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I am certain that you will receive much in way of feedback for this particular question. I would say that one strong reason why Orwell's work is worthy of being studied is that it presents one of the most vivid forms of how bad government can be. I have always thought that the vision of government in Orwell's work would galvanize most into action in the hopes of preventing any government from representing what is seen in Oceania with Big Brother. I think that another powerful reason to study the novel is that it reflects how acts in the private realm can actually constitute political resistance. The affair between Winston and Julia is one that operates in the private, but is one that comes to represent political resistance. I think that it is distinctive and interesting to analyze how personal actions can have political and/ or social implications. It is also interesting to examine how personal renunciation can have political dimensions. Winston's renouncing and selling out of Julia is as much political as it is personal. Their meeting in the park is a personally brutal moment, but it is also an instant where the loss of political will is also evident. Finally, I would say that the novel has added meaning given the collapse of Communism. Written at a time when the Cold War was fairly well entrenched in the world, I think that scholarship within the novel can reveal much when analyzing it in a post- Cold War setting.
One college professor, who lectures on The Great Books in Literature, says that 1984 is one of only two texts that encompass what the 20th Century will be remembered for: unprecedented torture. (The other text, by the way, is Alexander Sozhenitsyn's The Gulag Archipelago).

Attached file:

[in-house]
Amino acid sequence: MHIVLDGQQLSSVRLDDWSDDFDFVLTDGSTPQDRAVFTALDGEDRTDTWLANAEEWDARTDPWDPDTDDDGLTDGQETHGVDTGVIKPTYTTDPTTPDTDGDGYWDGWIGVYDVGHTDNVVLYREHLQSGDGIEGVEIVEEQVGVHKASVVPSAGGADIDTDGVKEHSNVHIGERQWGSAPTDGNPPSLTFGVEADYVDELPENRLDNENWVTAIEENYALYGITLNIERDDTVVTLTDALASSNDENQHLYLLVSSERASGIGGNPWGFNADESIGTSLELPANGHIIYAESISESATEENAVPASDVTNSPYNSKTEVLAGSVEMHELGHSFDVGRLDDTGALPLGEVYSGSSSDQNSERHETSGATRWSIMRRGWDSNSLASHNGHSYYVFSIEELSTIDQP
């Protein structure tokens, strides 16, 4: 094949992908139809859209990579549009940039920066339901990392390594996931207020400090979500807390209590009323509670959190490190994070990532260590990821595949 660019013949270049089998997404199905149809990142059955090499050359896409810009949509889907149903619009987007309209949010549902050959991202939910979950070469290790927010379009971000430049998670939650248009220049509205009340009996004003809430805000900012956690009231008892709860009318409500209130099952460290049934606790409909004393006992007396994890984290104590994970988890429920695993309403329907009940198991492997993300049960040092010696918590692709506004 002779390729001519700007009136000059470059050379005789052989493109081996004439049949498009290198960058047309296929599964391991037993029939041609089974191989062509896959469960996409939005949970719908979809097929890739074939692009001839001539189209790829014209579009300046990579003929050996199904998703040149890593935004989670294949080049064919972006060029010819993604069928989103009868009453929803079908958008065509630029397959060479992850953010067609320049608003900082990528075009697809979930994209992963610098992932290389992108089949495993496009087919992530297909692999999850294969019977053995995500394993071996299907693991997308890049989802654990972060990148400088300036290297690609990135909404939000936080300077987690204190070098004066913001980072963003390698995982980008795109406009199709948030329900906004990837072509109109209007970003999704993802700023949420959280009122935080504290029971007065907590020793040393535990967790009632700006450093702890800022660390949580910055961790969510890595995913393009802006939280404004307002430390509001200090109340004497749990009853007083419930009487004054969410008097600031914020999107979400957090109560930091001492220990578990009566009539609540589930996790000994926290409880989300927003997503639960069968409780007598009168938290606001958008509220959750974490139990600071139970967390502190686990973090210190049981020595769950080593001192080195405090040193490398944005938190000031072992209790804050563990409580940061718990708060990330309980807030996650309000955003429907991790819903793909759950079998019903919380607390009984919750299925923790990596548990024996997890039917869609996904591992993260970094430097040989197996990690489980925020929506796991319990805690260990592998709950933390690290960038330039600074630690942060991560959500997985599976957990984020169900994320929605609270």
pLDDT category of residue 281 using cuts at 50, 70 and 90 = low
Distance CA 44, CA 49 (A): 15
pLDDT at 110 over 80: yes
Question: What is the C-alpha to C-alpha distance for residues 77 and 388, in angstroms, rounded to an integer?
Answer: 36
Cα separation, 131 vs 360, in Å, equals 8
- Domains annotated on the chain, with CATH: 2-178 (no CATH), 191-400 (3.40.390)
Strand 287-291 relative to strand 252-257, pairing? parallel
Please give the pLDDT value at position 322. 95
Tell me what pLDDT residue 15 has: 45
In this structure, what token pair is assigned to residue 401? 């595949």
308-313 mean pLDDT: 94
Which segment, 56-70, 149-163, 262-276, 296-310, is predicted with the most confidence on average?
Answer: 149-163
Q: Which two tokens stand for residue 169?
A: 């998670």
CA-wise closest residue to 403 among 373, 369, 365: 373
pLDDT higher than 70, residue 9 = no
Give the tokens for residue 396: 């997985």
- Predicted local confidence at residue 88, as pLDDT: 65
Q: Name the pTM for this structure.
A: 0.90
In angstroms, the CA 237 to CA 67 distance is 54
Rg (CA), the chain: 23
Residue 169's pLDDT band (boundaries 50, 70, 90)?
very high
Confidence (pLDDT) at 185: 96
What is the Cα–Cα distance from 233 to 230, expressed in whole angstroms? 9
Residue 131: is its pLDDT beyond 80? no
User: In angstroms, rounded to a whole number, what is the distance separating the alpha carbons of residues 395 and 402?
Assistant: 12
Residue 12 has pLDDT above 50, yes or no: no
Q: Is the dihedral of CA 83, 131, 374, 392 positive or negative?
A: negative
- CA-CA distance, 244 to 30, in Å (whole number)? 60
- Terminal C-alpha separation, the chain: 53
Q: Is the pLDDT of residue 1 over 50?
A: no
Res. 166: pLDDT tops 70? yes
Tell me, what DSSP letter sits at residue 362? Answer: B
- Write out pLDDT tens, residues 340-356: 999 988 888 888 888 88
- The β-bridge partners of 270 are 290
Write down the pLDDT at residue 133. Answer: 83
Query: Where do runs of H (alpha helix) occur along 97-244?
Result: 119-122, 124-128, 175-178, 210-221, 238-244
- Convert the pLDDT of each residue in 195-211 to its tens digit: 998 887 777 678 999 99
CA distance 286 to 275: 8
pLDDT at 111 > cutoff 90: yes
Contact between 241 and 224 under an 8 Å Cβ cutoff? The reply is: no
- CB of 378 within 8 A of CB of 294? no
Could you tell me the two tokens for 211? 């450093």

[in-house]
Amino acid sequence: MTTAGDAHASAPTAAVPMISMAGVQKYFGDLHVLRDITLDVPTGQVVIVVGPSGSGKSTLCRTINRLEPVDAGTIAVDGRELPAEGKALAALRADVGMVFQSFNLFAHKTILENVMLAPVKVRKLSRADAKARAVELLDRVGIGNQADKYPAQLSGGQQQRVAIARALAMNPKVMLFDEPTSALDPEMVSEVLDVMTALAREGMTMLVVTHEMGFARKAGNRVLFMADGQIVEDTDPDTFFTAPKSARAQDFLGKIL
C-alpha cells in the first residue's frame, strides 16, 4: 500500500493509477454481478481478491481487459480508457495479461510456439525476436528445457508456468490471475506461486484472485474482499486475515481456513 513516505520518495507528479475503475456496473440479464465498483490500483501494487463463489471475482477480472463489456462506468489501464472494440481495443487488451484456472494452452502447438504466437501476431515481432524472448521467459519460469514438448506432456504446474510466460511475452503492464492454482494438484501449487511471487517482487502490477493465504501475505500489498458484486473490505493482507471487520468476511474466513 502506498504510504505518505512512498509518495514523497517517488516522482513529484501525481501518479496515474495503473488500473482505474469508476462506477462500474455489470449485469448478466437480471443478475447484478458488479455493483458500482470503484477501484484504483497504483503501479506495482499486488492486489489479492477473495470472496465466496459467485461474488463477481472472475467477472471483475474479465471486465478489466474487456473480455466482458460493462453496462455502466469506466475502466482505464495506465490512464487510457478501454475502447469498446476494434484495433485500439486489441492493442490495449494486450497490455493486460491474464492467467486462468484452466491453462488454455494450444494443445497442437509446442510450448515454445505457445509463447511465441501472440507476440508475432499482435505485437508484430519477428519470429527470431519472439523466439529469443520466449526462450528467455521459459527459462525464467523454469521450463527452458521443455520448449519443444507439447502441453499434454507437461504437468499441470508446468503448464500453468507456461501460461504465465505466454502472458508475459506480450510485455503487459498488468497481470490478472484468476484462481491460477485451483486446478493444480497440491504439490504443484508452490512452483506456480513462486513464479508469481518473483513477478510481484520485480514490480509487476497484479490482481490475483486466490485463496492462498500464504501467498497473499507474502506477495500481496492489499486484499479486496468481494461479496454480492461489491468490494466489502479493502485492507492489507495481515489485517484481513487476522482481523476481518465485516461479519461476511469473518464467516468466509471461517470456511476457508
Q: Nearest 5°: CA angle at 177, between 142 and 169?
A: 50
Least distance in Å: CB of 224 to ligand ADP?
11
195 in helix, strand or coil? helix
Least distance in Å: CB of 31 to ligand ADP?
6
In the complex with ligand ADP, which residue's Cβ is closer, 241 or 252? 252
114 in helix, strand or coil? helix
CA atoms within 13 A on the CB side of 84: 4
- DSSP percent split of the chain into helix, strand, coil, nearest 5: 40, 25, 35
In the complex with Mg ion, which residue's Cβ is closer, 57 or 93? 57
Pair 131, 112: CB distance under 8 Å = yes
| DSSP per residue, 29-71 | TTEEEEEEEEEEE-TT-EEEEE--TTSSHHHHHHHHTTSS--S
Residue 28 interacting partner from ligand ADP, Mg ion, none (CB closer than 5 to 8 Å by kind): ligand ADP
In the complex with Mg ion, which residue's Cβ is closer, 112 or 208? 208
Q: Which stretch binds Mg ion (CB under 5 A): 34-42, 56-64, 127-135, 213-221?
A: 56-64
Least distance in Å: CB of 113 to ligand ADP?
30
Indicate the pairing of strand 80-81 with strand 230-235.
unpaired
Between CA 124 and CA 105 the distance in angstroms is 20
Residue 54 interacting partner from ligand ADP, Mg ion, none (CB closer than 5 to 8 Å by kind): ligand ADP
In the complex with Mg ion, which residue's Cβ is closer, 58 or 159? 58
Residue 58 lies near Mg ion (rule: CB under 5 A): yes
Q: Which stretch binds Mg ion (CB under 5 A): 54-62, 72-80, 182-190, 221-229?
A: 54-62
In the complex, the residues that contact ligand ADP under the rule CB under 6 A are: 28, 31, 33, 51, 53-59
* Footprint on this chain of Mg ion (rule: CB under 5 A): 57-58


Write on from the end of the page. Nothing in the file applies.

His rationale is:
The 20th Century will be remembered for atrocity: genocide, nuclear war, death camps, ethnic cleansing, weapons of mass destruction. 1984 is a representative text that captures the level of pain inflicted on the individual by the state in the 20th Century.
The 20th Century will be remembered for its attacks upon individual by mass institutions (government, military). Winston's death (or conversion to an unperson) is truly a tragedy of the individual and his powerlessness in the face of mass institutions.
Whereas other books focus on subtle, individual themes, only 1984 captures the total socio-economic, geopolitical, and psychological effects of state-induced torture.
1984 focuses on how technology has mastered the concept of torture and destruction. The 20th Century abused weaponry to no end: chemical warfare, spying, nuclear weaponry, genocide, and detention/torture camps.
1984 focuses on how language can be manipulated to evoke terror. The destruction of language in the novel parallels the death of the individual. Language and thought are extinguished in the novel through language (slogans, elimination of words, propaganda).
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